(Updates with death toll in fifth paragraph.)
Jan. 22 (Bloomberg) -- The possibility that the Costa Concordia cruise ship was carrying unregistered passengers when it capsized off Italy is complicating efforts to determine how many people remain missing, a rescue official said.
“It may be that there were clandestine passengers on the Costa Concordia,” Franco Gabrielli, the Civil Protection Agency official overseeing the search operations, said at a press conference broadcast today by SkyTG24.
The family of a Hungarian woman insist that their daughter was on the ship, though she was not on the official passenger registry, Gabrielli said. The woman hasn’t been accounted for.
Carnival Corp.’s Costa Crociere SpA ship struck rocks late on Jan. 13 close to the small island of Giglio, hours after leaving a port near Rome with 4,200 passengers and crew for a Mediterranean cruise.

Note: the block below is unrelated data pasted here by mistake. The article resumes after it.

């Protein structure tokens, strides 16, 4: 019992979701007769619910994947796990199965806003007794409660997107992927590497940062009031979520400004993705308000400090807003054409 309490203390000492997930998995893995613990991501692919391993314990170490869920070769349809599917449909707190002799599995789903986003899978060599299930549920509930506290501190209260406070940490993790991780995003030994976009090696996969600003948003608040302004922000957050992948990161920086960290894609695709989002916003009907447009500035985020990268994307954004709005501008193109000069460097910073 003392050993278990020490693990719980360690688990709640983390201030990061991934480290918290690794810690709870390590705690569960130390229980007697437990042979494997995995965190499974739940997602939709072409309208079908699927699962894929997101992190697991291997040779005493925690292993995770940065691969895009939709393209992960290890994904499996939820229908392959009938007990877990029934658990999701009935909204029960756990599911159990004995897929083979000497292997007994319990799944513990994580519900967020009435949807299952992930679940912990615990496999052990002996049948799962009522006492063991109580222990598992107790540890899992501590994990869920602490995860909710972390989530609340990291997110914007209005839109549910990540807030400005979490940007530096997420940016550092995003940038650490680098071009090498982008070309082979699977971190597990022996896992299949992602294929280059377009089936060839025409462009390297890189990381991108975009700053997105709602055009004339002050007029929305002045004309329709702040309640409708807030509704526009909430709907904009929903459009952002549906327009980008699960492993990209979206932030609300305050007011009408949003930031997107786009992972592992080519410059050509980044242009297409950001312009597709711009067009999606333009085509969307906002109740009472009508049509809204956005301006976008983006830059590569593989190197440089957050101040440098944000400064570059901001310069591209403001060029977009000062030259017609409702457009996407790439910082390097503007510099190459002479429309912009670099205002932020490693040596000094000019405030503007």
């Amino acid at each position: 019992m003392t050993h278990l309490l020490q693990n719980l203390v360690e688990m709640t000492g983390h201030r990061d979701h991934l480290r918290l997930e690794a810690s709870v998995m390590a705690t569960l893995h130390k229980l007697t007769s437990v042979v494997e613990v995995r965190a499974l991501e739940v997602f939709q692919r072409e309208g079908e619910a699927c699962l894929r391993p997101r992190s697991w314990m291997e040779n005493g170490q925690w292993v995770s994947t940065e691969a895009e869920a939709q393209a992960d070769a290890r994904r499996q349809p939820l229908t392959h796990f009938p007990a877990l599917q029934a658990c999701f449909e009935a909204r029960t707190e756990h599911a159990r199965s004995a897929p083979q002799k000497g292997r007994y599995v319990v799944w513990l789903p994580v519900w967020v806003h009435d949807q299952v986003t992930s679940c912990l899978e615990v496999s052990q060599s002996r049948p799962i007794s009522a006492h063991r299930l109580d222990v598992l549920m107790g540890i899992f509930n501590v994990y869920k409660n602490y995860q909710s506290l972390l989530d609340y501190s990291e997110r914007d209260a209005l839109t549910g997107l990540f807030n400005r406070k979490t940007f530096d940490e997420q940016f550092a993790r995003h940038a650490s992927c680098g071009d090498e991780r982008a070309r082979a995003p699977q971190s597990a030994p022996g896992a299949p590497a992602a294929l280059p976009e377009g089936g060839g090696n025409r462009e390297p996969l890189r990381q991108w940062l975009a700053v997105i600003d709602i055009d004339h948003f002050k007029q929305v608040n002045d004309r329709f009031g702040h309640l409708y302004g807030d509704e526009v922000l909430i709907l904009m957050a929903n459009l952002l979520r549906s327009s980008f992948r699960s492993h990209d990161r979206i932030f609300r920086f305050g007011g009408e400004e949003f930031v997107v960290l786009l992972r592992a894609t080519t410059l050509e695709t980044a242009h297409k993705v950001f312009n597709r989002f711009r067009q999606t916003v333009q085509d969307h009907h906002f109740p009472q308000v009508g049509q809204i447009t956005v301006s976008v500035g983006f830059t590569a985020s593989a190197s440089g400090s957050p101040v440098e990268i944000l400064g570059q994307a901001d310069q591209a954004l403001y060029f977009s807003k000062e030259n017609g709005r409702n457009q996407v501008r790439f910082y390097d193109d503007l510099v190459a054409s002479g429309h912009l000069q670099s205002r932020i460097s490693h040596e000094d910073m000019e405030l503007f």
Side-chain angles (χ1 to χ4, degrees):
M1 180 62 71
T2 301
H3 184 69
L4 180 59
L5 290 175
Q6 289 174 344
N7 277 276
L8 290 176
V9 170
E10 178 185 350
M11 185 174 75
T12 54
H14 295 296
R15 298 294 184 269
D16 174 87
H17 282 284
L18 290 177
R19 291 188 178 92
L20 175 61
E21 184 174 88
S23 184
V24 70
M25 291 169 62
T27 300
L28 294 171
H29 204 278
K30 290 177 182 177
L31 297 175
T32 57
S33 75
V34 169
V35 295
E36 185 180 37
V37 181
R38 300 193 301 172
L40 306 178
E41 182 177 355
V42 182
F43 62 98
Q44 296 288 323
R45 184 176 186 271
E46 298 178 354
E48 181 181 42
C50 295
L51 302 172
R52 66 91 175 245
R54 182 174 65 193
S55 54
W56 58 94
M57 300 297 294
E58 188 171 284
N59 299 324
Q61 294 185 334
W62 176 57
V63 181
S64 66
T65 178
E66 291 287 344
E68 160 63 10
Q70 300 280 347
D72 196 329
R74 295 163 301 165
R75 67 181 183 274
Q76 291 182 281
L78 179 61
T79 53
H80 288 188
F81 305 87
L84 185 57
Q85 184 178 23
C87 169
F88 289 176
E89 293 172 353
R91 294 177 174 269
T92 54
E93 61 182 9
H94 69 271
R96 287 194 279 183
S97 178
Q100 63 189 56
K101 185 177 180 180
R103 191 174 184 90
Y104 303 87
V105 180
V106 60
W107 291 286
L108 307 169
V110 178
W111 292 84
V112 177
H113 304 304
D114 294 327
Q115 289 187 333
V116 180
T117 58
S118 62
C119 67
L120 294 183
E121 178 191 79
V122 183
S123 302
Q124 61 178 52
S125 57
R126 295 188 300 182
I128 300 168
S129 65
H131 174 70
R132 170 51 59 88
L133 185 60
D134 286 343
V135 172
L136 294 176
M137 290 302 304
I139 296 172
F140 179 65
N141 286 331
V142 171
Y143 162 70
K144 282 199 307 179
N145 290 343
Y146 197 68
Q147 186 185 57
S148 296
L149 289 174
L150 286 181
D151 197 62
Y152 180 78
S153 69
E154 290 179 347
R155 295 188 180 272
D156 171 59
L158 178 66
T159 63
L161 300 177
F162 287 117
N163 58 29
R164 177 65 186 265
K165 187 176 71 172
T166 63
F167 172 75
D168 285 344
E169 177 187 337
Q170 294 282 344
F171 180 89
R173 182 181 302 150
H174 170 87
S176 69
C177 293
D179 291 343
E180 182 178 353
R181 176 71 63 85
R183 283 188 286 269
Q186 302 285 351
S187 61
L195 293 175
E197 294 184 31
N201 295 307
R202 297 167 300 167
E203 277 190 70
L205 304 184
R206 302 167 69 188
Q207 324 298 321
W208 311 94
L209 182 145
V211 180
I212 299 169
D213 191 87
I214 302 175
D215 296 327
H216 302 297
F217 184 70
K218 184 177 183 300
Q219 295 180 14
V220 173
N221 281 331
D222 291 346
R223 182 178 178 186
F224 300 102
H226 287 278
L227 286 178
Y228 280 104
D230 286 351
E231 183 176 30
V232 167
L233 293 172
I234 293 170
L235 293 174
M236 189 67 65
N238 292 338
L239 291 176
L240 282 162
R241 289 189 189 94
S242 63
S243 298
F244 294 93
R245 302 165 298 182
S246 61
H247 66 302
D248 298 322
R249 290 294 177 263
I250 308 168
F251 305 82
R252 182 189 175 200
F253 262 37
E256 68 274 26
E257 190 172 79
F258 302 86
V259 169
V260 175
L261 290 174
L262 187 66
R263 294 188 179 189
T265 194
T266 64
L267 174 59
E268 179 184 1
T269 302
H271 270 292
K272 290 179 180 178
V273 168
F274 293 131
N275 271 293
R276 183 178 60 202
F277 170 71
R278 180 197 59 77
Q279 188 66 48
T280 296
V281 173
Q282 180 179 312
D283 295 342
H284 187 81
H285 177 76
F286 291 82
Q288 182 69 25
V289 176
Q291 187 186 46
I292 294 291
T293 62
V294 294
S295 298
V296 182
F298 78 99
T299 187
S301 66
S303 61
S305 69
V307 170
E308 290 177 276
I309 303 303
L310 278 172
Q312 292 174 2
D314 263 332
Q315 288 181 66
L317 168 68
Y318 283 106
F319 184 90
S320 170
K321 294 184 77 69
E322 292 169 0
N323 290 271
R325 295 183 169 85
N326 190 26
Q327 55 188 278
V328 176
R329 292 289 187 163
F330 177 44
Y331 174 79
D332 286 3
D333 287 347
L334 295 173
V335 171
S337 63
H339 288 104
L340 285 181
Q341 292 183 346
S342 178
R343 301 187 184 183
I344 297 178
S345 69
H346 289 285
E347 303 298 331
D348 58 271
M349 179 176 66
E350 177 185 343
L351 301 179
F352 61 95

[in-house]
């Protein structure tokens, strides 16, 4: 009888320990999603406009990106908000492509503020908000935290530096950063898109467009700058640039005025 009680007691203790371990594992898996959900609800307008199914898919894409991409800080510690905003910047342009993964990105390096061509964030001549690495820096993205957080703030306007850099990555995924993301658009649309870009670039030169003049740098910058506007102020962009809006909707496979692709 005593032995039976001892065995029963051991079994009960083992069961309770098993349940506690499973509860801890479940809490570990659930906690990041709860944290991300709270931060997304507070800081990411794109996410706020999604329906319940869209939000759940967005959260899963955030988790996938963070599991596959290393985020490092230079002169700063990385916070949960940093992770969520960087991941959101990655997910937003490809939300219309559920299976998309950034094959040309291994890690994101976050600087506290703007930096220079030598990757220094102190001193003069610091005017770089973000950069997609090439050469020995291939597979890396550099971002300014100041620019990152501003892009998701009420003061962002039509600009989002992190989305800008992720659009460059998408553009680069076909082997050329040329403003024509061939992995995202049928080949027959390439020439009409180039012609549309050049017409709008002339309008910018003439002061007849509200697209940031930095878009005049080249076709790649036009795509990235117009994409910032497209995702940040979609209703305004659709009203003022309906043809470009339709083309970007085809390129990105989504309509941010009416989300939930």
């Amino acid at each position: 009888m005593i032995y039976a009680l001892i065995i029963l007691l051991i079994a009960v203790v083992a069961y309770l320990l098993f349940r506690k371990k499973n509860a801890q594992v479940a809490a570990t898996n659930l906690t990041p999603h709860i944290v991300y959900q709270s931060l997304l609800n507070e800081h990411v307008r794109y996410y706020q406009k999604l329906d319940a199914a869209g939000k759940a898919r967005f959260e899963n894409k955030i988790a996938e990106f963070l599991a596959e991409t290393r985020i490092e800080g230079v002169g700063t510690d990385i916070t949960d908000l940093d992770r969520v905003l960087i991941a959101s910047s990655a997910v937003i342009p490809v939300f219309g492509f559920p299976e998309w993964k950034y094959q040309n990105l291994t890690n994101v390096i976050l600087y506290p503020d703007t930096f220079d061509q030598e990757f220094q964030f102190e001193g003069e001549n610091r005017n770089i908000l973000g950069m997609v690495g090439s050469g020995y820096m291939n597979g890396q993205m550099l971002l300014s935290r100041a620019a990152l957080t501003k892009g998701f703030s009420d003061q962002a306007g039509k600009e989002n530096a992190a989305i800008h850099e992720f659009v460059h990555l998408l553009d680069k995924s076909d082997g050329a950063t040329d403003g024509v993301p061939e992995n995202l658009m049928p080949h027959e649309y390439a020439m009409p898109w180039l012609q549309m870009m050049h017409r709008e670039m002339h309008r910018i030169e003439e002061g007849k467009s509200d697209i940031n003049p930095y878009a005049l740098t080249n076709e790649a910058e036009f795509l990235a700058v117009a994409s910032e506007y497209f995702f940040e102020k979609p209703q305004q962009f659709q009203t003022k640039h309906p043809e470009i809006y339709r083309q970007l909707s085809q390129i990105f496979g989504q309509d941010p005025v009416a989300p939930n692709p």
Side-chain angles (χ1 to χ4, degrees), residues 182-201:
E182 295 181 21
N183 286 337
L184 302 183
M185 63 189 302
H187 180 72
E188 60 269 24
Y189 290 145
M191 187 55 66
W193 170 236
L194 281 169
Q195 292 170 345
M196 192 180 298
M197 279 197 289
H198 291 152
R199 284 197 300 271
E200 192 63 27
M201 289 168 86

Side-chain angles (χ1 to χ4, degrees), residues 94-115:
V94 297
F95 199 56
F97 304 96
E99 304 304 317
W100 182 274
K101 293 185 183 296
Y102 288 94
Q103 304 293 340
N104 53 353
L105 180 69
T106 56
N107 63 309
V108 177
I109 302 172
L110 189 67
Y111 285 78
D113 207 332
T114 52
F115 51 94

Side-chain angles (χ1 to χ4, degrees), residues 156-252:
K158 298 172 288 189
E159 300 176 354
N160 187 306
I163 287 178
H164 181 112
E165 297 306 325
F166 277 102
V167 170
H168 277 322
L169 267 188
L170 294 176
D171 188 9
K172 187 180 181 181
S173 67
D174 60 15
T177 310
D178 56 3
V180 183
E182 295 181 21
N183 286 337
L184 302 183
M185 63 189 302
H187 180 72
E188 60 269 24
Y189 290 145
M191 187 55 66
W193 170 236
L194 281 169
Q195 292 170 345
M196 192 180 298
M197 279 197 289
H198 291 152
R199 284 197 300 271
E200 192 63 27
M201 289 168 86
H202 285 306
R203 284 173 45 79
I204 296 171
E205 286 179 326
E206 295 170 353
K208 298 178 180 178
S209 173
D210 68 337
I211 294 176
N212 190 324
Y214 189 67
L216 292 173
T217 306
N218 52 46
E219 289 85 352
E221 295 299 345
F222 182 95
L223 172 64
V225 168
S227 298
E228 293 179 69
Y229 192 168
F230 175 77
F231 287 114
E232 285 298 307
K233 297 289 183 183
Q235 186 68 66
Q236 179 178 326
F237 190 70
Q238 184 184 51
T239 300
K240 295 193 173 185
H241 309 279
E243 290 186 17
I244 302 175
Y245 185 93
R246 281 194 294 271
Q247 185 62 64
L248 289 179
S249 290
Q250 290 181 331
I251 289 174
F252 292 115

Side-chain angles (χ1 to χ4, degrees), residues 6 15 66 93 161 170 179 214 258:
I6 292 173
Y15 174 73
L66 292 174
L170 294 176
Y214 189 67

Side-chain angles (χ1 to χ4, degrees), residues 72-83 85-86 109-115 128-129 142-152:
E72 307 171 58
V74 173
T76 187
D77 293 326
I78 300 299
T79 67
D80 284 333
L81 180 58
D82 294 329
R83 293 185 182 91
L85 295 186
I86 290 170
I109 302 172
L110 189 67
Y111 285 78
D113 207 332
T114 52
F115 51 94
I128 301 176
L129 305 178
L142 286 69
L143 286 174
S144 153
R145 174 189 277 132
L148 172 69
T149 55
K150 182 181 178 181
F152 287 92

Rescuers found the body of a woman today at 3:20 p.m. local time, acccording to an e-mailed statement from the Civil Protection Agency, taking the death toll to 13.
Gabrielli, who said the search operations are continuing today, confirmed there was no evidence of leaking oil or signs that other pollutants from the ship were contaminating the waters off Giglio.
Costa Crociere suspended Captain Francesco Schettino, who was placed under house arrest on Jan. 17 for allegedly causing the shipwreck.
Schettino told prosecutors the back-up system of the voice data recorder, or black box, had been broken for 15 days and while they had asked, it hadn’t been fixed, newspaper la Repubblica reported today. That may have compromised the integrity of the registration of events, the newspaper cited him saying.
Costa Crociere asked for the “salute” on Jan. 13 that led the cruise liner to hit the rocks, la Repubblica cited Schettino as saying. Schettino’s lawyer didn’t respond to a phone call by Bloomberg News seeking comment.
--Editors: Chad Thomas, Mike Harrison
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